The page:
Originally posted on Taking Bad Schotz  |  Last updated 12/17/11

Pedro Astacio was born in Hato Mayor del Rey, Dominican Republic, and wow does this guy have an incredible name to say. It’s like a combination of ass and pistachios. Anyway Pedro Julio Astacio came overseas in 1987 when he was signed by the Los Angeles Dodgers. Astacio was called up to the bigs in ’92 and went 5-5 with a 1.98 ERA. Out of those 5 wins he tossed 4 complete game shutouts…not to shabby for a rookie. He continued his success the next year and went 14-9 with a 3.57 ERA in his 31 starts. However in his next 2 seasons Astacio went slightly downhill and combined for a 15-16 record with an ERA topping out over 4. In ’96 he improved a bit, lowering his ERA back under 4, but he was still very inconsistent and was traded to the Colorado Rockies for Eric Young (a Vin Scully favorite) in 1997.

Pedro’s years with Colorado were kind of the beginning of the end of his career. He started off hot in ’97 going 5-1 , but he had a high ERA, although you can argue it’s a little weighted due to Coors Field. In his first full season with the Rockies Pedro was not so hot, he still had some trouble with his control, and managed to bean 17 batters, which was the highest in the league. On top of the slugging, Astacio also had a 6.23 ERA (how much can you blame on the altitude?) and a losing record of 13-14 that season. But in 1999 Astacio had his best year record wise, 17-11, and he had a WAR of 5.5, the highest of his career. He managed to do all this with a 5.04 ERA in 232 Innings. In 2000 he went 12-9, and still had a 5.27 ERA, and continued to struggle the next season (struggle means 6-13), so the Rockies shipped him off the that season in 2001 to the Houston Astros for Scott Elarton.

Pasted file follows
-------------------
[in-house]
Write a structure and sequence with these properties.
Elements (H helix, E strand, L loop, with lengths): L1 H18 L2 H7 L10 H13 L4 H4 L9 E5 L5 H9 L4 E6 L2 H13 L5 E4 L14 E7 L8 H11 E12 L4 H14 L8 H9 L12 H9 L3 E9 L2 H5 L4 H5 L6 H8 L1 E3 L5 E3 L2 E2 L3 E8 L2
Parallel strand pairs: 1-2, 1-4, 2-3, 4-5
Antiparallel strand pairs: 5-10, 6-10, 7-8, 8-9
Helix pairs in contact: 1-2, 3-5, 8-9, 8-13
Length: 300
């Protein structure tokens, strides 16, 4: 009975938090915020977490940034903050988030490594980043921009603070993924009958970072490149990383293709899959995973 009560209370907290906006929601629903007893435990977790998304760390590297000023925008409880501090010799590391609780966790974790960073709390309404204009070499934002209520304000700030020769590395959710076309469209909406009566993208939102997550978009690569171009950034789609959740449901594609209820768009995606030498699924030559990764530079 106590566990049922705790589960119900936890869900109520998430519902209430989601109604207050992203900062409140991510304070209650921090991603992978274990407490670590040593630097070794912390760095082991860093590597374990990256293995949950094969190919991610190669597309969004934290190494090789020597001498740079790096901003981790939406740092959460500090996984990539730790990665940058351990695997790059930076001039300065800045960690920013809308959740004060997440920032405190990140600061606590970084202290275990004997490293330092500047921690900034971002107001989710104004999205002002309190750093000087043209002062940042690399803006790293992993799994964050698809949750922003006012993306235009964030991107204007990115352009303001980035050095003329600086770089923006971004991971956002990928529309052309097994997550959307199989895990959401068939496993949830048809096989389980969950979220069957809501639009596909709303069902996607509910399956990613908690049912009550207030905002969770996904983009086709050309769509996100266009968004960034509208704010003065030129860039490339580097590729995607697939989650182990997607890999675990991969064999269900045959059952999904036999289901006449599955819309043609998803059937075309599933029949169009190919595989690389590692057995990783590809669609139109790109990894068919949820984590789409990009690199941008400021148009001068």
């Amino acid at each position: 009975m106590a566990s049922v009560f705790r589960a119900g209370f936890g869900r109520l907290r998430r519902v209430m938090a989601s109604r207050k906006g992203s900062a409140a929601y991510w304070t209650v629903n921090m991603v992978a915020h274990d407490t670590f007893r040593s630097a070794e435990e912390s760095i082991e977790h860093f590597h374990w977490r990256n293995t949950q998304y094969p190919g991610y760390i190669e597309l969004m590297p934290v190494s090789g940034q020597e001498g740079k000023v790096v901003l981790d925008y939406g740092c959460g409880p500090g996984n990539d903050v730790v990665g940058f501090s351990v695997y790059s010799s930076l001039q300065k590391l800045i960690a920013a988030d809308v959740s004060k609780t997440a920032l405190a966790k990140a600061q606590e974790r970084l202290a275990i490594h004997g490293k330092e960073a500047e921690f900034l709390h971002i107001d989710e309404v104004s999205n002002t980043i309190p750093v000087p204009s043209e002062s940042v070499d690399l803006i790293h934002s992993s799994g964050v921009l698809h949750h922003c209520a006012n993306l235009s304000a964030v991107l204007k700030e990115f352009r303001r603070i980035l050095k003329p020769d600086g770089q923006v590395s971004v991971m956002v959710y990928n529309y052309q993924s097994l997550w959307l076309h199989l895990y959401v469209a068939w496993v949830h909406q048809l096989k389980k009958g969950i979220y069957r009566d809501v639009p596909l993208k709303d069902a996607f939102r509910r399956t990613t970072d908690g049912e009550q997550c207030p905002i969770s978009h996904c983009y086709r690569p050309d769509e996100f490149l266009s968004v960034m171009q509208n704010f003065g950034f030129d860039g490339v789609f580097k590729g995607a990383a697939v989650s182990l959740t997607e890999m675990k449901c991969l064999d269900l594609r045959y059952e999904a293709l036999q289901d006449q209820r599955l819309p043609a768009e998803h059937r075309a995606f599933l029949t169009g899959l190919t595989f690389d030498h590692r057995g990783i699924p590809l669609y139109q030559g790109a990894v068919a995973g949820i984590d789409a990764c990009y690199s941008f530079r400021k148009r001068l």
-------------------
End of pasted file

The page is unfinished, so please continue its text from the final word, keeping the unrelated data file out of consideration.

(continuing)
Pedro “Astro”cio went 2-1 in his 4 starts and lowered his era back down to 3.14 for the end of the year. Astacio somewhat proved himself again, and earned a contract with the New York Mets in 2002. In his first season in New York he was still out of control, and went 12-11 with a 4.79 ERA. You have to ask yourself, how much run support did this guy have over his career?!? Well, clearly not enough in 2003, Astacio recorded a 7.36 ERA. The next season Astacio ended up on the Red Sox and right when you thought he couldn’t do any worse, Pedro posted an astonishing 10.38 ERA. The Red Sox would have been just as good if they signed Dmitri Petrovich…

Somehow Astacio continued to get signed by multiple teams (Texas Rangers, San Diego Padres, Washington Nationals), and continued to respond with high ERA’s. Pedro Astacio never officially retired but his last game in the bigs was in 2005, I’m expecting a comeback anytime now.

Pedro Astacio finshed with a career record of 129-124, and an ERA of 4.67 in his 15 seasons. But regardless of his ERA, at the end of the day Pedro made $40,000,000 in the league according to baseball-reference.

-Schotz

 

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